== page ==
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Liao-Fan Lin, Ardeshir M. Ebtehaj, Alejandro N. Flores, Satish Bastola, and Rafael L. Bras

the Great Plains and exhibits strong land–atmosphere interaction ( Koster et al. 2004 , 2006 ). The grid spacing for the domain is 36 km. The top pressure level is set at 50 hPa, with 40 layers below. The WRF Model physics used in this study include the WRF single-moment 6-class microphysics scheme ( Hong and Lim 2006 ), the Rapid Radiative Transfer Model longwave radiation scheme ( Mlawer et al. 1997 ), the Dudhia shortwave radiation scheme ( Dudhia 1989 ), the revised MM5 similarity land

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Sara Q. Zhang, T. Matsui, S. Cheung, M. Zupanski, and C. Peters-Lidard

Applications, version 2 (MERRA2; Gelaro et al. 2017 ). The NASA Land Information System (LIS) ( Peters-Lidard et al. 2007 ) provides observation-corrected land surface conditions. Because remote-sensed passive microwave measurements respond directly to scattering optical properties of precipitating particles in the atmosphere, rather than to surface precipitation amounts, the microphysics in the model is a crucial component for the application of radiance-based precipitation and cloud data assimilation

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Stephen E. Lang and Wei-Kuo Tao

1. Introduction Latent heat release within the atmosphere arises from heat exchanges as water changes phase between vapor, liquid, and solid and is an important component or principal driver for many atmospheric circulations. Even at midlatitudes, latent heating (LH) can be an important part of midlatitude cyclone dynamics and the larger-scale storm track ( Willison et al. 2013 ) and can be especially important for the rapid deepening of such storms ( Whitaker and Davis 1994 ; Pirret et al

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Zeinab Takbiri, Ardeshir Ebtehaj, Efi Foufoula-Georgiou, Pierre-Emmanuel Kirstetter, and F. Joseph Turk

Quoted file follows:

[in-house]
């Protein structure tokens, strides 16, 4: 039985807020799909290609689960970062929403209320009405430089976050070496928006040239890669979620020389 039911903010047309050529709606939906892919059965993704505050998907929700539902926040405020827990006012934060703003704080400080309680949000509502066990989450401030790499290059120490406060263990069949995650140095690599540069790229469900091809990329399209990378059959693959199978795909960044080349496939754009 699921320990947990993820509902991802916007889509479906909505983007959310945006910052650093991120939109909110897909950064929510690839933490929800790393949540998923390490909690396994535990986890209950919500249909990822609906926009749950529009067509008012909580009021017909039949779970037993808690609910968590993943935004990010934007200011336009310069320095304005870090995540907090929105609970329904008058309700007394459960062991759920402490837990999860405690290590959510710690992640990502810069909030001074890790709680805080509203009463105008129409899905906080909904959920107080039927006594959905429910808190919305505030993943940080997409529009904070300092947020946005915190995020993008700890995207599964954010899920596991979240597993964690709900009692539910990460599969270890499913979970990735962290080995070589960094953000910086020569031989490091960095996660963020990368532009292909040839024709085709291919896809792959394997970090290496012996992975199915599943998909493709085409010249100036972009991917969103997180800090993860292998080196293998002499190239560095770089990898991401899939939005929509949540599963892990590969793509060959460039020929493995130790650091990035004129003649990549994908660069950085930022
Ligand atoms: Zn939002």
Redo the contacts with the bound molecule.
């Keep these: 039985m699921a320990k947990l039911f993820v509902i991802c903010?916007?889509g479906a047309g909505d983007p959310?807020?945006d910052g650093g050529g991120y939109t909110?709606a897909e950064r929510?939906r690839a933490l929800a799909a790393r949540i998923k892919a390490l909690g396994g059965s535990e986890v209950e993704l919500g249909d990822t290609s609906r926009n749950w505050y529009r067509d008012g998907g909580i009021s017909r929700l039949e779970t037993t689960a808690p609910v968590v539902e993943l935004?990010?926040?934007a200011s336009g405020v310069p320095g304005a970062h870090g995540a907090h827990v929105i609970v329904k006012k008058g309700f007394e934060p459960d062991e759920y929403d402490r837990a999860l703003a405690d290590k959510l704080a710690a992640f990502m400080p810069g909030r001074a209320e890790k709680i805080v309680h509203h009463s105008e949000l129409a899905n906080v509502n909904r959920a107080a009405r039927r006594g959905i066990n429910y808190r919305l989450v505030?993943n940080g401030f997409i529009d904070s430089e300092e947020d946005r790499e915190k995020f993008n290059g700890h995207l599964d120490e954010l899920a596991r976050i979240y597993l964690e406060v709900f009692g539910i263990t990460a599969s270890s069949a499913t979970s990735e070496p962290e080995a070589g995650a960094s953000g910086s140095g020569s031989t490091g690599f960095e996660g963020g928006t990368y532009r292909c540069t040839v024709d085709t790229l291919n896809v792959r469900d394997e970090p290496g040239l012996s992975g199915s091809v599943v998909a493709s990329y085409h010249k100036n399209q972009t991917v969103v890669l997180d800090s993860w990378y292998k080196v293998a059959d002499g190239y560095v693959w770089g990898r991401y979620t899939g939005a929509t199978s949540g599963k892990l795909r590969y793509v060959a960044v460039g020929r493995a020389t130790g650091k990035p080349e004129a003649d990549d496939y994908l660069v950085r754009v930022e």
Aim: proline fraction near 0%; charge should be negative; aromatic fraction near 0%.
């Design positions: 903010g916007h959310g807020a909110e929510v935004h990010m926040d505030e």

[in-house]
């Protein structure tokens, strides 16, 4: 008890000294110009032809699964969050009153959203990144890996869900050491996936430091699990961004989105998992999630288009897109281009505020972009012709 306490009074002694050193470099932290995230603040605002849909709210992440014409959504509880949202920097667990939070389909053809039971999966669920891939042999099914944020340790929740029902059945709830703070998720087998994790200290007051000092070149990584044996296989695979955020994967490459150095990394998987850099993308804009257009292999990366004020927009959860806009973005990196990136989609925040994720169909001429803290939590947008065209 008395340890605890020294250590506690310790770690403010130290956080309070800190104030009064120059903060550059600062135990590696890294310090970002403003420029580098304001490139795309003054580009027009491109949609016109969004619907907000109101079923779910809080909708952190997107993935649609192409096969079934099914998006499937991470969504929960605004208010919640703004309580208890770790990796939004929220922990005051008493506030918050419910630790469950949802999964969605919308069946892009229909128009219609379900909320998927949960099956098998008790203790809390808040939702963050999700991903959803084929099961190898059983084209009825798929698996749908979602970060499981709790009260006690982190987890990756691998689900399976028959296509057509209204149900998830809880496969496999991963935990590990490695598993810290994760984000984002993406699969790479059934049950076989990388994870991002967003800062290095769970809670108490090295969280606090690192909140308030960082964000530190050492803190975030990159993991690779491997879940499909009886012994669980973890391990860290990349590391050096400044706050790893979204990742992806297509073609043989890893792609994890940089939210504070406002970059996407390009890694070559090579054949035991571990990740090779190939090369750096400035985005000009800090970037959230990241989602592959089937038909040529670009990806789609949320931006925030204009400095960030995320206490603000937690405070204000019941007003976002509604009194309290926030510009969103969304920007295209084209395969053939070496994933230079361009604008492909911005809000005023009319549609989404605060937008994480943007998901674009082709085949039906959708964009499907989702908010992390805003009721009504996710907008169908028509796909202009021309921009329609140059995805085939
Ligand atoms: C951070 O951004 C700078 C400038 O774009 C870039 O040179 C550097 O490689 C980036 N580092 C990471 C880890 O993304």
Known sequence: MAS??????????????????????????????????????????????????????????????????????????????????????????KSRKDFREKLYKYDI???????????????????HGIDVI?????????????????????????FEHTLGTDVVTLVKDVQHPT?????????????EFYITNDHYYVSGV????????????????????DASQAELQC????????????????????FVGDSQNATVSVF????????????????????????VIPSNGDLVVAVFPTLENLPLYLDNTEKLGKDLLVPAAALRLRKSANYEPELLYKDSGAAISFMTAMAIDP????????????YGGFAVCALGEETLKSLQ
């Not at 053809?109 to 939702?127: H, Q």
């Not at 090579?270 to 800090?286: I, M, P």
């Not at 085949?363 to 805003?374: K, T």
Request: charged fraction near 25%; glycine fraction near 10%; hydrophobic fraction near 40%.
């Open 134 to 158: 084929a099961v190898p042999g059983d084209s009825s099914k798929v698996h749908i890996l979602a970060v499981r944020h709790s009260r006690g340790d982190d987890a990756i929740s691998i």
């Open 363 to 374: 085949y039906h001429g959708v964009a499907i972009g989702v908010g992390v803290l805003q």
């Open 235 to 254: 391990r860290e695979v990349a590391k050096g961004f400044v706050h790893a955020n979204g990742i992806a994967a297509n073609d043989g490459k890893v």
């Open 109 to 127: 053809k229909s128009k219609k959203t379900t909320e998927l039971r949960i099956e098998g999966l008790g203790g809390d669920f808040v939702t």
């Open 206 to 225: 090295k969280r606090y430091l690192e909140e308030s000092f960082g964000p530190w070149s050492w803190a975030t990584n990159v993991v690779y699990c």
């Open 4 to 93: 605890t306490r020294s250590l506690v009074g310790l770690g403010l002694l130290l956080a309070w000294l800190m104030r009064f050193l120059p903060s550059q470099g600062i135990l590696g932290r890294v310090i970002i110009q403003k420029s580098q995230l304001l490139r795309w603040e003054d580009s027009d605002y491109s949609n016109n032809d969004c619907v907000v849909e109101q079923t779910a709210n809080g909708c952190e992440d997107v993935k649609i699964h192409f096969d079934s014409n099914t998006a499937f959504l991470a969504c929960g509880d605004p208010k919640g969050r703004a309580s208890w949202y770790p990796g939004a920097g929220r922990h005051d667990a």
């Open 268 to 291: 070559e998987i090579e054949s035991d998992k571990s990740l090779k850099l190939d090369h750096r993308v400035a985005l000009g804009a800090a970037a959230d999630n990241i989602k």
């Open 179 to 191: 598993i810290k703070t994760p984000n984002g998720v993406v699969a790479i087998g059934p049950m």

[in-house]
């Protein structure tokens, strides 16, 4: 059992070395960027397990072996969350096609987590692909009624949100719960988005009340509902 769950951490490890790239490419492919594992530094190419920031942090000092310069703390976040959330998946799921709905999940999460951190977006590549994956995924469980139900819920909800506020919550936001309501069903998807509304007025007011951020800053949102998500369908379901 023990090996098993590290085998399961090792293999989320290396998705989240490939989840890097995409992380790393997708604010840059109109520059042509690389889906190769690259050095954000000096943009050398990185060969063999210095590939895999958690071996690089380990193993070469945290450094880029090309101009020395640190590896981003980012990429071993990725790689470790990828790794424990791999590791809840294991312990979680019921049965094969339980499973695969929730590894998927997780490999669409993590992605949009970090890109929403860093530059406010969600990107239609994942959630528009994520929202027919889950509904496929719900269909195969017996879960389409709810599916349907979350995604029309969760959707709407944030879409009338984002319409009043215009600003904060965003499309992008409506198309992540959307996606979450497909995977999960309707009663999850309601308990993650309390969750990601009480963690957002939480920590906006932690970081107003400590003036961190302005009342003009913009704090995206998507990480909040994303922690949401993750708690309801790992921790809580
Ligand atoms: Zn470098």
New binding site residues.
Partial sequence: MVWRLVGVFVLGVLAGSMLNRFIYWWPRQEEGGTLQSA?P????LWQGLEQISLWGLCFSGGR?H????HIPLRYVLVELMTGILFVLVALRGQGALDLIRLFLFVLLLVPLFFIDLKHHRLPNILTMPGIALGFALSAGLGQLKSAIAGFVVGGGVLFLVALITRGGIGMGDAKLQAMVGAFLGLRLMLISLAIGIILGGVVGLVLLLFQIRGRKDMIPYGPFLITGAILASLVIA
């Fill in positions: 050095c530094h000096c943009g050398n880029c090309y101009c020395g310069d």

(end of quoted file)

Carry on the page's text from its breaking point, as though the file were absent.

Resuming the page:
/scattering signals of the surface and the atmosphere at 13 frequency channels ranging from 10 to 183 GHz. On the one hand, observations by the DPR and the GMI high-frequency channels (>80 GHz) provide information about the microwave signature of precipitation and more specifically about snowfall ice scattering. On the other hand, observations by the low-frequency channels (>80 GHz) add information about the land surface characteristics that leads to improved detection skill by the presented algorithm. This study

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Clément Guilloteau, Efi Foufoula-Georgiou, Christian D. Kummerow, and Veljko Petković

measured radiances are the product of the interaction of surface-emitted radiation with water vapor, liquid, and solid hydrometeors in the atmosphere. The radiances are converted into brightness temperatures (TBs) for physical interpretation. The 183-GHz channels are primarily sensitive to water vapor absorption and ice scattering. While channels between 80 and 170 GHz are also most sensitive to ice scattering, channels between 10 and 40 GHz are most sensitive to emission by liquid raindrops (and by

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Veljko Petković, Christian D. Kummerow, David L. Randel, Jeffrey R. Pierce, and John K. Kodros

concentrations over land, while perhaps suppressing the warm rain processes, act to invigorate the ice phase processes as reported by various authors (e.g., Twomey 1977 ; Andreae et al. 2004 ; Storer et al. 2010 ; DeMott et al. 2011 ; Rosenfeld et al. 2013 ), with a recent study by Lin et al. (2016) listing relevant research on aerosol interaction with continental precipitation and modeled sensitivities based on field campaign measurements. To effectively use environmental parameters and understand

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W.-K. Tao, T. Iguchi, and S. Lang

mainly from evaporation prevails beneath the melting level. Therefore, Tao et al. (1993) proposed a LH algorithm known as the CSH algorithm. It used a simple LUT consisting of rain-normalized Q 1 profiles for the convective and stratiform region composited for land and ocean from sounding budgets and a few GCE simulations. The CSH algorithm’s performance was tested through self-consistency checking using GCE-simulated cloud heating data as “truth” ( Tao et al. 2000 ), and the algorithm was used to

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